Finding a niche is going to rely not only on what people want to learn about but also what you know. If you’re not a subject matter expert on what you’re thinking about creating a course on, it’s probably going to show through. This is why creating e-Commerce courses can be such a profitable venture for businesses. The business is already an SME, and they’re just taking their existing content and repurposing it as a new revenue stream.
This doesn’t mean you can’t do something similar as an independent entrepreneur, but it can require a lot more upfront work.
Also, the more specific you can get in your niche, but the better.
You’re going to have to be ready to put in the necessary time when it comes to research as well. Even if you are an SME, you still need to make sure you include relevant, up-to-date statistics, facts and information.
Everyone has a different learning style, and so the best way to accommodate these different styles is to include a variety of information formats within your course. Your students can make their way through your course in a self-paced way, and they can access the information in ways that they feel most comfortable.
Include written content, but when you’re doing this, ensure that you’re only showing it in small chunks. You want to ensure the relevant information stands out and is easy to digest because that’s how modern people read and think.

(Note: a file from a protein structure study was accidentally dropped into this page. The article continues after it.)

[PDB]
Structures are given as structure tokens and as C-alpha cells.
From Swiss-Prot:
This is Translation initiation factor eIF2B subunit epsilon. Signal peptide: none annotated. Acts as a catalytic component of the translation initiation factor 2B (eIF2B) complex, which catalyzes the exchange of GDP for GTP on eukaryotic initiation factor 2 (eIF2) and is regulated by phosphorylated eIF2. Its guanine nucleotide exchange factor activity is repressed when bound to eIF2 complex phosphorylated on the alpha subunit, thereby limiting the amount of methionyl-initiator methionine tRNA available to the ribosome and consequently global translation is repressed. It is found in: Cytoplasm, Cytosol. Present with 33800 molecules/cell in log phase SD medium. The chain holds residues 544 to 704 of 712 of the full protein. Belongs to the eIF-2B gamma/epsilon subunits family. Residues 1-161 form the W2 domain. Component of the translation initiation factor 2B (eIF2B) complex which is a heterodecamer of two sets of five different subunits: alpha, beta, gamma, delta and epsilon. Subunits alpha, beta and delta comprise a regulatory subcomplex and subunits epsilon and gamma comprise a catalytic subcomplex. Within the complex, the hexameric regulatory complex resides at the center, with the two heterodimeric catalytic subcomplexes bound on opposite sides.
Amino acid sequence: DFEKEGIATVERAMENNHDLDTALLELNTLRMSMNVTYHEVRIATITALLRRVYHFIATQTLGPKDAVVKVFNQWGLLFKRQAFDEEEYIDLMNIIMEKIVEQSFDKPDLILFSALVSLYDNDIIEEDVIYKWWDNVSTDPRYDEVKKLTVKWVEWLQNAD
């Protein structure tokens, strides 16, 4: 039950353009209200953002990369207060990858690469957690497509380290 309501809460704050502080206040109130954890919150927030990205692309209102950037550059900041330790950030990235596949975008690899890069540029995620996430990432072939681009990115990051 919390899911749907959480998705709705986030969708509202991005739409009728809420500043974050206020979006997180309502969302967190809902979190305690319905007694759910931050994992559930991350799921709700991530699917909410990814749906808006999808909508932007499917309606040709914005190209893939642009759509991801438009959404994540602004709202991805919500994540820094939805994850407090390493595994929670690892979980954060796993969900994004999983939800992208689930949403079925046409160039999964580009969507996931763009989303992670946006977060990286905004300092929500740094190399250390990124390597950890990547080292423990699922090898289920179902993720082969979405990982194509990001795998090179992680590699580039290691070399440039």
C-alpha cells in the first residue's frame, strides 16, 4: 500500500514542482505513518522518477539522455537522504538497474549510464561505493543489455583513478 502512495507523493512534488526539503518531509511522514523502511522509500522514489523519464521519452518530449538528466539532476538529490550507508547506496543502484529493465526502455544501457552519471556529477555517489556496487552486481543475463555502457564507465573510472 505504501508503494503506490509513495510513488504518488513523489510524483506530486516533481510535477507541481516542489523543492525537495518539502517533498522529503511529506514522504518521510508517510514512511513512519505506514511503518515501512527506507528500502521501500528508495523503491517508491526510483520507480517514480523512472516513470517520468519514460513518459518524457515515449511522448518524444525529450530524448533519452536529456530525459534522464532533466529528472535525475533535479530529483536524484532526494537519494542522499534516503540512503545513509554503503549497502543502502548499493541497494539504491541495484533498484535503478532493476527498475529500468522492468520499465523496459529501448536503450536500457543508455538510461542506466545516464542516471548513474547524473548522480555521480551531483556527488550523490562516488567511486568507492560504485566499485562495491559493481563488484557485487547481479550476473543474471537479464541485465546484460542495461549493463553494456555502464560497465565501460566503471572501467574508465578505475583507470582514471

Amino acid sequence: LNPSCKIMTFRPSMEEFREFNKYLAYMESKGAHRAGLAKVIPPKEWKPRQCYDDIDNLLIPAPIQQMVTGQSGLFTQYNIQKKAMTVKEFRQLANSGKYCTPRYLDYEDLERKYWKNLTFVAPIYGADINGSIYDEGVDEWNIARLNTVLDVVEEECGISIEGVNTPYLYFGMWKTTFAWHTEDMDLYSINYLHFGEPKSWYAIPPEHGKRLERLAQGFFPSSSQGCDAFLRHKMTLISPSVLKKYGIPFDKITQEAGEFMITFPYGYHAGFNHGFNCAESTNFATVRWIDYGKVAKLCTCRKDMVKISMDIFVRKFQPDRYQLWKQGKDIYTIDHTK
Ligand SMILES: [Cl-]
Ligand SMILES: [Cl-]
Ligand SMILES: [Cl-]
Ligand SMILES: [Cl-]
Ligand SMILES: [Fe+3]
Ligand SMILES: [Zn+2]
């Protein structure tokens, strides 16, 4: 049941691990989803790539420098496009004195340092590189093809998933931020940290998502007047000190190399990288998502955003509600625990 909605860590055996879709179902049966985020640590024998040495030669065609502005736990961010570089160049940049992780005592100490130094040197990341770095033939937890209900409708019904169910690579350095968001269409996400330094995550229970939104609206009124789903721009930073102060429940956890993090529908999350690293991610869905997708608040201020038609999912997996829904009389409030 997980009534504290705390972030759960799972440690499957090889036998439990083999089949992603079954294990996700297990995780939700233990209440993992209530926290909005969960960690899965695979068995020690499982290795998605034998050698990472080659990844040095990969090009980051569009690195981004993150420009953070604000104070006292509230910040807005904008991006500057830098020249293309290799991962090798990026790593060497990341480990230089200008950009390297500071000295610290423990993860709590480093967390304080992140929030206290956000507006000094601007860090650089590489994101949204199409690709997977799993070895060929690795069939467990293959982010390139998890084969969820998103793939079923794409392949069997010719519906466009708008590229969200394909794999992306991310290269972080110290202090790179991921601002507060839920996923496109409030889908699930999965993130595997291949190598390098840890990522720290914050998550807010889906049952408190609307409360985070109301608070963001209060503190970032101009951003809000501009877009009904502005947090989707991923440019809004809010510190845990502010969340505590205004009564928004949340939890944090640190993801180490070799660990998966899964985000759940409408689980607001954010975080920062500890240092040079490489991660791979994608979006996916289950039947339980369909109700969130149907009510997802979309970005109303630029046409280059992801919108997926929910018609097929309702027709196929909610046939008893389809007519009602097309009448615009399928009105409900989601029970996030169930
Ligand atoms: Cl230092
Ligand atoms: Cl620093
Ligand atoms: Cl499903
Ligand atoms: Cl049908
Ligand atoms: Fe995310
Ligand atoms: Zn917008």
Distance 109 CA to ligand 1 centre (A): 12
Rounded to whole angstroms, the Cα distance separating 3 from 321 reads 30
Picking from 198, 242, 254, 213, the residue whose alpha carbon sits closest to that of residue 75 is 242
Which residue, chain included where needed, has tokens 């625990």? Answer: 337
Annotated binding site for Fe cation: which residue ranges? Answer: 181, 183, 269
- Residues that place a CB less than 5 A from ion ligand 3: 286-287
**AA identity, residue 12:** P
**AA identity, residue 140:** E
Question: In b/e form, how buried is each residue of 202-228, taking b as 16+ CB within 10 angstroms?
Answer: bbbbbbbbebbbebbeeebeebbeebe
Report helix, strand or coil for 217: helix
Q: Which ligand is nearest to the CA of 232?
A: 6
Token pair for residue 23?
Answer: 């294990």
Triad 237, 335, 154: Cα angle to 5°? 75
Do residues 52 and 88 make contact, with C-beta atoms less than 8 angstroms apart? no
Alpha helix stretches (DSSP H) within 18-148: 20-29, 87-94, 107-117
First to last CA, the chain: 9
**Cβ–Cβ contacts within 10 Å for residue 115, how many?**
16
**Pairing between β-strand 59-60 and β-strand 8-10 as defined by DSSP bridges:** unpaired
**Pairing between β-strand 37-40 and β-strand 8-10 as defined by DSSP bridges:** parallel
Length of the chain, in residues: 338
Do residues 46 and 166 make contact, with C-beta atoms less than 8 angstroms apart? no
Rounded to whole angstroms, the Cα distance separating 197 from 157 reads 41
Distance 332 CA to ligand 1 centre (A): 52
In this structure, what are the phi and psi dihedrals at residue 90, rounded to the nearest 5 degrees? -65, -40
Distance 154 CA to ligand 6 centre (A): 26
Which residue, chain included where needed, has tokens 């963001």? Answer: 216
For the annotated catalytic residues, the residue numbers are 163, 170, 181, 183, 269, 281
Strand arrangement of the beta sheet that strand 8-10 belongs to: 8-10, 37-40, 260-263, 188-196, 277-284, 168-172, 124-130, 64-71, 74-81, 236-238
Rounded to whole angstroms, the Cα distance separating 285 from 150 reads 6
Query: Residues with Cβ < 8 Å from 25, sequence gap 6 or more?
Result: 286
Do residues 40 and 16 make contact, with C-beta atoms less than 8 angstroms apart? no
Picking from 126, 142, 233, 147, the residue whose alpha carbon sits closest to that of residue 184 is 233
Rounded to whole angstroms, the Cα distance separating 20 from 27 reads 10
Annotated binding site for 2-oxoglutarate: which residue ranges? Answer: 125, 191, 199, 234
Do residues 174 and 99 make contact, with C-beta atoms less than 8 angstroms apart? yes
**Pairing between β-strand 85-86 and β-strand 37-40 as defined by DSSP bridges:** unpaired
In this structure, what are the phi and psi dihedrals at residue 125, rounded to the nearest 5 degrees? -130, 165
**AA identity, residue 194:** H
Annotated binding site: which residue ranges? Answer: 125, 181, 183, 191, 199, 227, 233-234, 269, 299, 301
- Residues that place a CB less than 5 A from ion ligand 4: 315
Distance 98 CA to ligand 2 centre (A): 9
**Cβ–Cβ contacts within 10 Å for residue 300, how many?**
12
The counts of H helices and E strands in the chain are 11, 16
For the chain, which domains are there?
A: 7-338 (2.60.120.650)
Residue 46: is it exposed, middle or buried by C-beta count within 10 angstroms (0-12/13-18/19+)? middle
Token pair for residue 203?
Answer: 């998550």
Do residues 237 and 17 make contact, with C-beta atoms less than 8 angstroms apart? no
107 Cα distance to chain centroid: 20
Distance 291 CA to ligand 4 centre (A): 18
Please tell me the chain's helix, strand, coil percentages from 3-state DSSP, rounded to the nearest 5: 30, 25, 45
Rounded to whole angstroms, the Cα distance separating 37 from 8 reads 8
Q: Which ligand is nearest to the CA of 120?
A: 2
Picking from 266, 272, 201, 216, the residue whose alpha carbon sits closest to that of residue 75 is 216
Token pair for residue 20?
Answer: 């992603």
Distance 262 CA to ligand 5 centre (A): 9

You can also mix it up with some video modules, animations, or podcasts.
If you’re going to be providing instruction throughout the course, which many people do, you want to practice how you’re delivering the content. You want people to be able to clearly understand what you’re saying, and you want to come across as relaxed and conversational.
From your marketing materials all the way through your entire course, you want to make sure you’re managing expectations.
You want people to know what they get when they pay and sign up for your course. You want them to know what they’ll walk away with after they complete it, and you want to ensure that each step of the way your students know what’s next.
If you can’t define these things as you’re creating your course, you may need to rethink what you’re creating. You should never start creating a course without being able to answer these questions. These are the questions that your entire course should be built around.
Some of the technical considerations you’ll need to learn about before creating a course include screen recordings. Screen recordings allow you to show your audience what’s on your computer screen. Voiceovers will likely accompany these screen recordings, so think about how you’ll record your screen, as well as your narrations.
You might also opt to go with the talking head concept, which is you recording yourself rather than showing your screen, but you’ll need to consider lighting and other production elements, so it’s not always the best route for a complete newbie.
Once you have these basics down, you can start thinking more about the specifics of instructional design. We introduce these topics in our next post, so keep reading.